Geology and Exploration History of the Amalgamated Kirkland Deposit, Kirkland Lake, Ontari

Abstract The Amalgamated Kirkland gold deposit is located at Kirkland Lake, Ontario, within the Archean Abitibi Greenstone belt of the Canadian Shield. It lies on a fault or “break”, termed the Cyprus Break, which is a splay off a regional structure termed the Cyprus-Battle Mountain Break. The Cyprus Break merges with the Cyprus – Battle Mountain Break above the -250 m level, as it was not encountered in shallow drilling or surface exploration. These structures lie 1.5 km south of the 727 000 kg (23 million ounce) Kirkland Lake Main Break and 0.5 km north of the 872 000 kg (30 million ounce) Larder Lake Break.
The deposit is hosted by alkalic Timiskaming Group volcanic and sedimentary rocks which are overthrust by older Larder Lake Group tholeiitic and komatiitic flows along the Larder Lake Break. Timiskaming syenitic intrusives, similar to the host rocks for the Kirkland Lake Main Break gold deposit, intrude both suites.
The Amalgamated Kirkland deposit consists of lode-style gold mineralization which is mainly hosted by altered and pyritized Timiskaming trachytic volcanics which wedge out or thin at depth, between two sedimentary units. The intersection of the Cyprus – Battle Mountain and Cyprus Breaks, in conjunction with the westward plunge of the volcanic wedge, appears to control the westerly plunge of the Amalgamated Kirkland deposit at approximately 50º. Mineralization is characterized by blue-gray brecciated and “wormy” quartz-ankerite veins which contain up to 10% fine-grained pyrite and, in decreasing order of abundance, minor galena, chalcopyrite, sphalerite, molybdenite and visible gold. The sulfides and gold commonly occur along fractures and wallrock inclusions within the veins. Native gold occurs as fine pinpoints distributed in 1-mm to 5-mm size clusters of up to ten or more grains. The auriferous veins occur within a quartz-ankerite-sericite-pyrite alteration assemblage which is enveloped by a broader zone of ankerite sericite±hematite±quartz-pyrite alteration up to 60 m wide. This latter assemblage overprints the regional greenschist-facies chlorite-calcite assemblage.
The Amalgamated Kirkland property has had a long history of exploration activity beginning with the first discovery of mineralization in 1911 on the Hunton Shaft claim located in the northeast corner of the property. Since that time various prospecting, mapping, trenching, geophysical surveys and diamond drilling programs have concentrated on either carbonate zones along the Larder Lake Break or quartz veins along the northern side of the property in association with complex trachyte flows and syenite dikes.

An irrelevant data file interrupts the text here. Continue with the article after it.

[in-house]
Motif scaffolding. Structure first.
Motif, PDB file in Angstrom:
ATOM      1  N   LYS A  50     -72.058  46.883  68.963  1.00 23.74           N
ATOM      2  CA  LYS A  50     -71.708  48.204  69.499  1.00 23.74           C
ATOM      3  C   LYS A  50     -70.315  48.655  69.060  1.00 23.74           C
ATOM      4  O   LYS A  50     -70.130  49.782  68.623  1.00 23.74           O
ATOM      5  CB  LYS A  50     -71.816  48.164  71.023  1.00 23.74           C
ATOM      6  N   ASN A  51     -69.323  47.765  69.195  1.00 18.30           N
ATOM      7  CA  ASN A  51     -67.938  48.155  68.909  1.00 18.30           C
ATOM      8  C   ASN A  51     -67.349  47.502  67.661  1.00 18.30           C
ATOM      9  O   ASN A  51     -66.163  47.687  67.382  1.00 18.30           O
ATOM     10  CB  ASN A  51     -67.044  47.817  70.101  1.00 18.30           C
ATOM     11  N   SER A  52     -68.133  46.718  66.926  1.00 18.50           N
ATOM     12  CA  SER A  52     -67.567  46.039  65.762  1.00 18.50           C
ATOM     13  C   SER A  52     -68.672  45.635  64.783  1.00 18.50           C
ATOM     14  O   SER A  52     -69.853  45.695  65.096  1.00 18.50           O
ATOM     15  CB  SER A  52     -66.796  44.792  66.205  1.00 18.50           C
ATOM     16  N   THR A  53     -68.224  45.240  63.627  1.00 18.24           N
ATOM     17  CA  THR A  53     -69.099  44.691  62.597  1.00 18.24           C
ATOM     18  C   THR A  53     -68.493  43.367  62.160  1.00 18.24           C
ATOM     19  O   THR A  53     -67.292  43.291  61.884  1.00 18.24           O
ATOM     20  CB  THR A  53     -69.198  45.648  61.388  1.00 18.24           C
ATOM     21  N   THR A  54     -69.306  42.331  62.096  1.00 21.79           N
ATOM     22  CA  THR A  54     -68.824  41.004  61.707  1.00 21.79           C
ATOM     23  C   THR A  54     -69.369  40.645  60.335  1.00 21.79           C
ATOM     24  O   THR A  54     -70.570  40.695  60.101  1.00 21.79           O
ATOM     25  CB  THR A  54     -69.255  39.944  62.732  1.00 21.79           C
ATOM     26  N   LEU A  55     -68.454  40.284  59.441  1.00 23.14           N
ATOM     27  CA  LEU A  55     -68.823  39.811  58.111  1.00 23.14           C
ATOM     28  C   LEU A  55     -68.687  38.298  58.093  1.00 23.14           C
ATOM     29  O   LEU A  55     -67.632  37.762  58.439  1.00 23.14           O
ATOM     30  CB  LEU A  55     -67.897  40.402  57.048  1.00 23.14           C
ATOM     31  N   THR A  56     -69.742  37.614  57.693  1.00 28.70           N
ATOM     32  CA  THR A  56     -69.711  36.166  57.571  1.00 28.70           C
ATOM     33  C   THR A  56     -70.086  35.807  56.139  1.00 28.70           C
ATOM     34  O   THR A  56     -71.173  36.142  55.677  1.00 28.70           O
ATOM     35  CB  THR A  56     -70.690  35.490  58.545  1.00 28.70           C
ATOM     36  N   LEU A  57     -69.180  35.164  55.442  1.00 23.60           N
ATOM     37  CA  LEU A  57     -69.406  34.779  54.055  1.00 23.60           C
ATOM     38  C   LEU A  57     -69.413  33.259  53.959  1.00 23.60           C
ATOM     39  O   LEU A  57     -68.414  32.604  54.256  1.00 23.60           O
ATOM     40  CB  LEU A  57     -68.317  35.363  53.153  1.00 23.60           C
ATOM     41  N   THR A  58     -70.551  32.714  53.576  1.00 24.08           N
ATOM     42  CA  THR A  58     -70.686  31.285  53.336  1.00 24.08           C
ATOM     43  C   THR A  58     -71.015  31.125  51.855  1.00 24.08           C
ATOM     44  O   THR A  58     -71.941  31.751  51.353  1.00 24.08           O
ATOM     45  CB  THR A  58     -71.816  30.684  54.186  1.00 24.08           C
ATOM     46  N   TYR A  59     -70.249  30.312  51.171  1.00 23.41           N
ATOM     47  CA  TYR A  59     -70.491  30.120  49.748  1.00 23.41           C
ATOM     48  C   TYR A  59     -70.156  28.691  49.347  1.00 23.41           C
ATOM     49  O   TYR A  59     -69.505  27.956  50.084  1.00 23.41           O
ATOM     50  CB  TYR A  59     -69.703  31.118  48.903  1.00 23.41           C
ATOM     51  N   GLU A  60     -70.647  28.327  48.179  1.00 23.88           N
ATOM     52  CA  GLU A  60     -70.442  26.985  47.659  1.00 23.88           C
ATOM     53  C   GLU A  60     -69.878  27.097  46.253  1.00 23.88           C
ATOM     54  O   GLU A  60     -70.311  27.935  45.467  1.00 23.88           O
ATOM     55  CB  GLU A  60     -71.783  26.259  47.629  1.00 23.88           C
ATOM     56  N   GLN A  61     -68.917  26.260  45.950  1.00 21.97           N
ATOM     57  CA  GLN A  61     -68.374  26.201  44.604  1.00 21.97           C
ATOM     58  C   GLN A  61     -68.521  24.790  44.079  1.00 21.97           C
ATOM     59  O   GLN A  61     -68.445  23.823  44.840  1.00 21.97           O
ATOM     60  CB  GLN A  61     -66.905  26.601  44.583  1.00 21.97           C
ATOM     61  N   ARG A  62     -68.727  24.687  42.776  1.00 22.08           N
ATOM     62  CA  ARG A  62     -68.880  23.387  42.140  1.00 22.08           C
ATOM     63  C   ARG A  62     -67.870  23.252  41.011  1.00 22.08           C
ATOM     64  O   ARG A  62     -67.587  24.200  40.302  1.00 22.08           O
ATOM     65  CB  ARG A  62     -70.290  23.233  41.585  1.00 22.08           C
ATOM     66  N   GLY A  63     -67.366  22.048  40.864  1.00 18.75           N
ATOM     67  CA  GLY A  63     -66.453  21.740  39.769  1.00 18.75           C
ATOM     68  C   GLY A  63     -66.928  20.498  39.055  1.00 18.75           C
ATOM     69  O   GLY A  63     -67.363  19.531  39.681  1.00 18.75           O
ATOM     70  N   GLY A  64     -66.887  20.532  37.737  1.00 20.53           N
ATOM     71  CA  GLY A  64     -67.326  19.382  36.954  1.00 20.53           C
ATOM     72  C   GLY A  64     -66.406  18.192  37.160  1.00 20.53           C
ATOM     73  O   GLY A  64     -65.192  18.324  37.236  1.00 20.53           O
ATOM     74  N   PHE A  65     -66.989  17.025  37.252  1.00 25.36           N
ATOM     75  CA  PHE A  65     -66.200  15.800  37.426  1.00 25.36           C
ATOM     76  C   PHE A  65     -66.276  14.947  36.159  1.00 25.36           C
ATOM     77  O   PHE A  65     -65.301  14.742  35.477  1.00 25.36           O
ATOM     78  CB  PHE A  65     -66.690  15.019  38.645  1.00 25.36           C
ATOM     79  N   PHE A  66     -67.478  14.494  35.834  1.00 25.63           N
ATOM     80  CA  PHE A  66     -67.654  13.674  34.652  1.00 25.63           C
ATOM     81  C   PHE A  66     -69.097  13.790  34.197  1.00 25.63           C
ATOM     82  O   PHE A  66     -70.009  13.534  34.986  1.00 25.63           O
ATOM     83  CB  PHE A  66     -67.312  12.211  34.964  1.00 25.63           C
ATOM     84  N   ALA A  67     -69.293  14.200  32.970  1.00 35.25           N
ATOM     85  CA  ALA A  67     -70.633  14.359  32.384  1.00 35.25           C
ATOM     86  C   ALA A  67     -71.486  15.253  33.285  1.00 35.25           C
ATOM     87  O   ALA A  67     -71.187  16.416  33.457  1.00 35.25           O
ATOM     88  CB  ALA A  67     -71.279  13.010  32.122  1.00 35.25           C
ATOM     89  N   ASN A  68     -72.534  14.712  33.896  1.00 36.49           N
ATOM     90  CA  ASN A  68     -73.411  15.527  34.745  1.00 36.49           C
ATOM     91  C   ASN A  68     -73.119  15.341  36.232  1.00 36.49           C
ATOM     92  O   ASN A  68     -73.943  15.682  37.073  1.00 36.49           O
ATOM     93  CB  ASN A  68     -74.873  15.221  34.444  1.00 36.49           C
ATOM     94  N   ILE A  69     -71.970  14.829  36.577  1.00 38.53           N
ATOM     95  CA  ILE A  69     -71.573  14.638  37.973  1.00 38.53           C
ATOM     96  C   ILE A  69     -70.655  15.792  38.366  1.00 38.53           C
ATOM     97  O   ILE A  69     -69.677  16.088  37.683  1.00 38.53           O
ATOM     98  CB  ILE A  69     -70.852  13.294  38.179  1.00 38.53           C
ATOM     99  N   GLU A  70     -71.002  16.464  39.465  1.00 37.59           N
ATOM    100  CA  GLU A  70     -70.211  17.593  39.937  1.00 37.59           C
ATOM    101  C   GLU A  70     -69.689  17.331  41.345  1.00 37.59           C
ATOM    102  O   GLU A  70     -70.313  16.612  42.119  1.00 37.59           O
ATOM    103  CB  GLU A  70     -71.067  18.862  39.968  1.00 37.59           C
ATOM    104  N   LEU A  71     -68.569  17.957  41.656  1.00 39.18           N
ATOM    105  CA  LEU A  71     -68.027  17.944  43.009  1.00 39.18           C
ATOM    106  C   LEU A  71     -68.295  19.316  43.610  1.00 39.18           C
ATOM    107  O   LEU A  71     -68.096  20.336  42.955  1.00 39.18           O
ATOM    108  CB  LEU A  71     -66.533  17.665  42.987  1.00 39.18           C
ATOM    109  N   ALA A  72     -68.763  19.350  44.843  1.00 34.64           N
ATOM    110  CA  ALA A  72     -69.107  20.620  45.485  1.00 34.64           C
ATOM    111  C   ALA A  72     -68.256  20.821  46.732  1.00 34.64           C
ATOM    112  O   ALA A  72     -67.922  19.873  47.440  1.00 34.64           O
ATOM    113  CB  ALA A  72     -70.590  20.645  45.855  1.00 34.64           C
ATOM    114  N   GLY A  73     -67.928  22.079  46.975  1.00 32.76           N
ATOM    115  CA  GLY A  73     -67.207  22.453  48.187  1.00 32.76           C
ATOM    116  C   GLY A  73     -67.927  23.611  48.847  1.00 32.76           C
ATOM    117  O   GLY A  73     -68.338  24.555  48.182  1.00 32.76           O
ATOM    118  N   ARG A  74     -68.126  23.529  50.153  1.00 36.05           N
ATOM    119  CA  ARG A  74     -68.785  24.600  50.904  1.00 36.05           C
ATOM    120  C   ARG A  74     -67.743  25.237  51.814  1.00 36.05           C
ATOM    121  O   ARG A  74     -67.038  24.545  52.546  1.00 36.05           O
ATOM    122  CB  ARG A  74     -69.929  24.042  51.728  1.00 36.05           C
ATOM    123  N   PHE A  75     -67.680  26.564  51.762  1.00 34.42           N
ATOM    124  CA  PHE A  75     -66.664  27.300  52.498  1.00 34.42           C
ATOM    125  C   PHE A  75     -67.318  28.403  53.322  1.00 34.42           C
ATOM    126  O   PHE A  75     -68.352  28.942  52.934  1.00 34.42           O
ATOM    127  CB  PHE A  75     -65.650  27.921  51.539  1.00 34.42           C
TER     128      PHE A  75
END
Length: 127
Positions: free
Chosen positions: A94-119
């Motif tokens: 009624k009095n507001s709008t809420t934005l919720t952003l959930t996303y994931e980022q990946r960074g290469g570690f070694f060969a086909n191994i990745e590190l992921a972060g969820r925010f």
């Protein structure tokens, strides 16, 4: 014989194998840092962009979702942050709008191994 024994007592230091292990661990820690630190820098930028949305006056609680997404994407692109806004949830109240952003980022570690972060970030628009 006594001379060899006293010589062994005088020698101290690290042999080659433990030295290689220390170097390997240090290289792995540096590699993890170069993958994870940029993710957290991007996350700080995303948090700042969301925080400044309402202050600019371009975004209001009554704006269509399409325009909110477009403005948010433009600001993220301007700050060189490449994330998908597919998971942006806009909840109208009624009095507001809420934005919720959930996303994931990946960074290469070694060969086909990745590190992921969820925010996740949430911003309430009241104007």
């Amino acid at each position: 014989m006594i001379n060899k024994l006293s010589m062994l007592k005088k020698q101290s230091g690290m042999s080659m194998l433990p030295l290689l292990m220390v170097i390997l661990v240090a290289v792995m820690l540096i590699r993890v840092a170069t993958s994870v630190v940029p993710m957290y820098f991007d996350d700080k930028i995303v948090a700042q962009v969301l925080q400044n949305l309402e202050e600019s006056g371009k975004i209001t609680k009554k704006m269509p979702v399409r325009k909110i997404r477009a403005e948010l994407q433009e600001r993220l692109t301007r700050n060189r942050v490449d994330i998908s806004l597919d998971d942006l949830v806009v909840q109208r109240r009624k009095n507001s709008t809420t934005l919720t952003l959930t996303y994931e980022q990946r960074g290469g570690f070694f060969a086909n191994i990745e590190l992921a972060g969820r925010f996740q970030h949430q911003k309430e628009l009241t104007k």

Battle Mountain Canada Inc. located the Cyprus – Battle Mountain Break through a prospecting,
trenching and geophysical program in 1989. Drilling by Battle Mountain and Cyprus Canada under the surface showing, coupled with several revisions to the structural interpretation of the Cyprus – Battle Mountain and Cyprus Breaks, resulted in delineation of the Amalgamated Kirkland deposit. Location of an auriferous structure through basic surface exploration within 1 km of a world-class orebody demonstrates both the subtle nature of Archean gold deposits and the potential for finding new mineralization in heavily prospected camps.
Keywords: Geology, Exploration, Amalgamated Kirkland Deposit, Kirkland Lake, Drilling, Sedimentary rocks, Mineralization.
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Summary: Hundreds of diamonds have been found in the United States. The majority of the discoveries occurred during the 19th century as a by-product of placer gold mining. Most of these early diamond ?nds have no known source, and in many cases are situated in areas unfavorable for diamond exploration based on current models that require kimberlite or lamproite to be emplaced in a